• The Comprehensive Rural development Strategy was in place to advance efforts in the area of the empowerment of rural women;
  • The 2011 National Victims of Crime Survey findings supported trends that showed a decrease in the South African crime levels; a number of mechanisms have also been set up to fight corruption;
  • The Government has pledged to do all in its power to sign and ratify, before the end of 2012, all outstanding instruments in the area of international human rights and humanitarian law.
(See full statement on the South Africa page on UPR Extranet)


In total, 77 States participated in the discussion:  32 HRC members and 45 observers  (Statements available on South Africa page on UPR Extranet).

Positive achievements

Positive achievements noted by delegations included, among others:

  • Efforts to provide universal health care and stteps taken to improve school enrolment rates;
  • The provision of ARV treatment for HIV/AIDS and the fight against HIV/AIDS in general;
  • The setting up of a national agency on youth development;
  • The promotion of regional human rights programmes;
  • The promulgation of the law on National Languages.

Issues and Questions

Main issues and questions raised by the Working Group:

  • Efforts to prevent and combat racism, racial discrimination and xenophobia;
  • Steps to address acts of violence against LGBT persons;
  • The Protection of State Information Bill and freedom of the press;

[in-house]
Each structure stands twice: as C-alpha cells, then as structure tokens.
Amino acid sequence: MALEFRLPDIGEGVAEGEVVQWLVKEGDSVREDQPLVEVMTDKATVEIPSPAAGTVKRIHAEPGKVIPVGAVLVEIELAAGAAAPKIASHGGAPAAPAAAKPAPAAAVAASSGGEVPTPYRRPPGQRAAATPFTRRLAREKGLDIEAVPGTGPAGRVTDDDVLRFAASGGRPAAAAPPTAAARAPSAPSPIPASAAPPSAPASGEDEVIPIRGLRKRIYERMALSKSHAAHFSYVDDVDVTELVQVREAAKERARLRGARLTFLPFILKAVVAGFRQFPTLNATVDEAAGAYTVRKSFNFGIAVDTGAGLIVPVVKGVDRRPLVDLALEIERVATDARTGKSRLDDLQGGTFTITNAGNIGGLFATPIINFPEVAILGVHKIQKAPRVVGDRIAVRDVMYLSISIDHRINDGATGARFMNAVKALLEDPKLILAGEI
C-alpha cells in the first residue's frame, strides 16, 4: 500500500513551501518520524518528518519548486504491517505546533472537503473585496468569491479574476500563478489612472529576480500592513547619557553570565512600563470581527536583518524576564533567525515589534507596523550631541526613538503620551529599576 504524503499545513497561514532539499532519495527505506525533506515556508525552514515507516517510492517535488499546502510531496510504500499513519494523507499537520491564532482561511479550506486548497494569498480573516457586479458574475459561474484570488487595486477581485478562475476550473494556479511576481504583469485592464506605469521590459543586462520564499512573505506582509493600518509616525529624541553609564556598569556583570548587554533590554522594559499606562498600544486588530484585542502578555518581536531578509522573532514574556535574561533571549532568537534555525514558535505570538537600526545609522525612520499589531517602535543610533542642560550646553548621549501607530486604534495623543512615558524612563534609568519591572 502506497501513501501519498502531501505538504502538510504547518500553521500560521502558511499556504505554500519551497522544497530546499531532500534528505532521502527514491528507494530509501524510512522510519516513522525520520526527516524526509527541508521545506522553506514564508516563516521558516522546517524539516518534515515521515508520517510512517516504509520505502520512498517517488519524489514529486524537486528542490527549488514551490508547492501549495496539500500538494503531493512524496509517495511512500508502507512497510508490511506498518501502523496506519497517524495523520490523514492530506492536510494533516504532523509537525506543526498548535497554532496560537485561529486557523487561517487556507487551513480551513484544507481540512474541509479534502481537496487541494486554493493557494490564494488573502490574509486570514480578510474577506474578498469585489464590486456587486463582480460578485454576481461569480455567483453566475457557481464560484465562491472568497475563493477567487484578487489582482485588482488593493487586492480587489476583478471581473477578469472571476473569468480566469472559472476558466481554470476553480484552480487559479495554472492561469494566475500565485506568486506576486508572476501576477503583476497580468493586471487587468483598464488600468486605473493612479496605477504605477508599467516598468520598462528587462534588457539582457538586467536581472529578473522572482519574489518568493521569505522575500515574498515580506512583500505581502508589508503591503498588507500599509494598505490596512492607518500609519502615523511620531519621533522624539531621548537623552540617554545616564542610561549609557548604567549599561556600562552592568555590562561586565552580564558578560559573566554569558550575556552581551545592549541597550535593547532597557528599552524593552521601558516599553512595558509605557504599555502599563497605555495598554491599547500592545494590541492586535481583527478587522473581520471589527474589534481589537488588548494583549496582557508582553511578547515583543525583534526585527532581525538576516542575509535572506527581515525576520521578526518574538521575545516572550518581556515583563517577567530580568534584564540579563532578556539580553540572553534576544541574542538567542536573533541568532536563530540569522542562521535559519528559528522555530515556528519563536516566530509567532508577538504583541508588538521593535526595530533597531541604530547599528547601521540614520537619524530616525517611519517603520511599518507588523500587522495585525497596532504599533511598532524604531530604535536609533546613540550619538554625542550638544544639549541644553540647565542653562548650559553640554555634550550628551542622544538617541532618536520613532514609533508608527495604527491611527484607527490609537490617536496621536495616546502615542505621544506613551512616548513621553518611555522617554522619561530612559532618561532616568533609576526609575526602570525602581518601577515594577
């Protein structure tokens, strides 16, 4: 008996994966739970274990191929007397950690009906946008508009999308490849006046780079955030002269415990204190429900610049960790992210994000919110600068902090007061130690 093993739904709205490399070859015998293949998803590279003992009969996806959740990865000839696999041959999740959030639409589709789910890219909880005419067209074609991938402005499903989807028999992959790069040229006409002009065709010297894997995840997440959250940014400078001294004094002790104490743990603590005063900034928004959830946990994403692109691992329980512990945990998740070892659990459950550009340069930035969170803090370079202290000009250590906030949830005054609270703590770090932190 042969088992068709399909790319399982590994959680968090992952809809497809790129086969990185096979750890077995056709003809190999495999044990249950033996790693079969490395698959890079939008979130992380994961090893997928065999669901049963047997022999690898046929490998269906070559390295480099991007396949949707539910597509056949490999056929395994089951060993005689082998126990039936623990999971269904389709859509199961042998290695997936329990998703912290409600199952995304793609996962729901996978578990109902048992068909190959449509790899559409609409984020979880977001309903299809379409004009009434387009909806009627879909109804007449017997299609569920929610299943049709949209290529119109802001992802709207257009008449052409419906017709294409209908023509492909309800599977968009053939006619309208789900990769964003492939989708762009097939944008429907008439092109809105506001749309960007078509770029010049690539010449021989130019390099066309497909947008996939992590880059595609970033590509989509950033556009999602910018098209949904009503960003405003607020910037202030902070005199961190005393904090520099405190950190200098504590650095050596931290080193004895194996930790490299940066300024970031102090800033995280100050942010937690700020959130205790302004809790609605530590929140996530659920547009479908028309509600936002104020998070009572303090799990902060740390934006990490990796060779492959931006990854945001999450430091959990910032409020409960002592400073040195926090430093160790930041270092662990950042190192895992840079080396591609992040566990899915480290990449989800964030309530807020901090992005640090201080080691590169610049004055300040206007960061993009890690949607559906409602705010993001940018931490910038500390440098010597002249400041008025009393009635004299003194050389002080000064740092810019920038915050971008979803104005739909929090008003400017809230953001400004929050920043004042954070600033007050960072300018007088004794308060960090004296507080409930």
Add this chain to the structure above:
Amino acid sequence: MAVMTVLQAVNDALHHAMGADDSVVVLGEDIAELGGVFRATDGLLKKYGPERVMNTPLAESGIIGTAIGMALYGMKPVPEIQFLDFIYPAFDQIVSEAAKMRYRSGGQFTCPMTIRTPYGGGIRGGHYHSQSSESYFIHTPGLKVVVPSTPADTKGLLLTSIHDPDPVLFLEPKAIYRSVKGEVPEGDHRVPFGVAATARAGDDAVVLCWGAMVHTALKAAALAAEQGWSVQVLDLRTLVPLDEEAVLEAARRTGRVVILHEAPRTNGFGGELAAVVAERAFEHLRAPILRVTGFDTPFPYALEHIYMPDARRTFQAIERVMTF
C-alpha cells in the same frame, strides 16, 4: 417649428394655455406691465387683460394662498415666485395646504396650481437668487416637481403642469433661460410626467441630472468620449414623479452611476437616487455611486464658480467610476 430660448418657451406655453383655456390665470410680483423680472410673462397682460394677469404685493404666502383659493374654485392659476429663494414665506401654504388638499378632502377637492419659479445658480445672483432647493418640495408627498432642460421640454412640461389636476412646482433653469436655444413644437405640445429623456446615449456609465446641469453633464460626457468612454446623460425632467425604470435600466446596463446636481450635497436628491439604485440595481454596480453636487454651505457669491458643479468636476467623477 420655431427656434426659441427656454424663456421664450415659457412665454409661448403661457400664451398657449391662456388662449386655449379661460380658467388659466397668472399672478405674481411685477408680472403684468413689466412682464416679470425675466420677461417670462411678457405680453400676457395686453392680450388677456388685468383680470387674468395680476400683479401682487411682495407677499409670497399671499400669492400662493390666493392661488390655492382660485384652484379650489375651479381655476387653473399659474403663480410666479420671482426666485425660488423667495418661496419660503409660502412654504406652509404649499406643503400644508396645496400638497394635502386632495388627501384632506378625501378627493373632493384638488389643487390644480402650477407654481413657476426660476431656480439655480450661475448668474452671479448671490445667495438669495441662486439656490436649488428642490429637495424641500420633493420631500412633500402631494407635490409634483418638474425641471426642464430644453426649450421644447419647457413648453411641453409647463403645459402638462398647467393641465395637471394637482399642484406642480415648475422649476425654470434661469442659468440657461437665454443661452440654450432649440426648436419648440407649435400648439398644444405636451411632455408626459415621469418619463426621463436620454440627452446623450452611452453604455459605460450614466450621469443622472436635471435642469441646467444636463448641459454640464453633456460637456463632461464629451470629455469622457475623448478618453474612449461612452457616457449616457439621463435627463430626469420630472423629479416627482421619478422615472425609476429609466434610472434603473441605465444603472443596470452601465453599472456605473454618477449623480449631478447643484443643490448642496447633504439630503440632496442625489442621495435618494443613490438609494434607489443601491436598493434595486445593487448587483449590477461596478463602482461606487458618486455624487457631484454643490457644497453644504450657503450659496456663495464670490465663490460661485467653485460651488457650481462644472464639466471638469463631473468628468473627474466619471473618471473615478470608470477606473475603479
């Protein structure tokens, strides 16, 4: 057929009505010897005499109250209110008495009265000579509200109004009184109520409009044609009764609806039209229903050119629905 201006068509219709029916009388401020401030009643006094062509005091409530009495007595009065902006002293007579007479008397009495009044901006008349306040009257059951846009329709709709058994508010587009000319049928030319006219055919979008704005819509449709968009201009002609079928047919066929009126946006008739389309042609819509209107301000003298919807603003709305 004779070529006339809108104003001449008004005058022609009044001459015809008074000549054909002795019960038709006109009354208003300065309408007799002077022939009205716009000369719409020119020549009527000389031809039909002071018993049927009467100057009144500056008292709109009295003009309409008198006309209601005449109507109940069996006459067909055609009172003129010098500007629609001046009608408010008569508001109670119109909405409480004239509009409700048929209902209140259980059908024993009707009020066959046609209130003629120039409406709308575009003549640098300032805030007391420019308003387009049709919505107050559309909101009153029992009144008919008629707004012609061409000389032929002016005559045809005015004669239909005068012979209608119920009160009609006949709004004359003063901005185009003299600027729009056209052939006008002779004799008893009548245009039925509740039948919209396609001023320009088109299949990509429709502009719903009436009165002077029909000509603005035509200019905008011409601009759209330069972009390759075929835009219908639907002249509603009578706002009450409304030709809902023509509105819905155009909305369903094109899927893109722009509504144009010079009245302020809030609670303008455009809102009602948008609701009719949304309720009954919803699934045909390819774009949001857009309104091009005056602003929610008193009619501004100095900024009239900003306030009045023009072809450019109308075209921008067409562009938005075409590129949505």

• Measures to address violence against women and domestic violence;
  • Steps to uphold the rights of the migrants.


In total, States participating in the discussion posed a series of recommendations to South Africa. These included, among others: 

  • To step up efforts to prevent and combat racism, racial discrimination, xenophobia, in particular against foreigners;
  • To enhance the prevention, investigation and prosecution of crimes of violence against individuals on the ground of their sexual orientation or gender identity and to publicly denounce such crimes;
  • To introduce an awareness campaign on discrimination based on sexual orientation; to ensure law enforcement officials were trained in this regard;
  • To adopt its Women’s Empowerment and Gender Equality Bill;
  • To ensure that efforts to eliminate HIV/AIDS-related discrimination will continue;
  • To maintain and build on HIV/AIDS prevention and cure and treatment programmes; to develop and implement plans to reduce physical and cost barriers to access HIV-related health services in rural areas;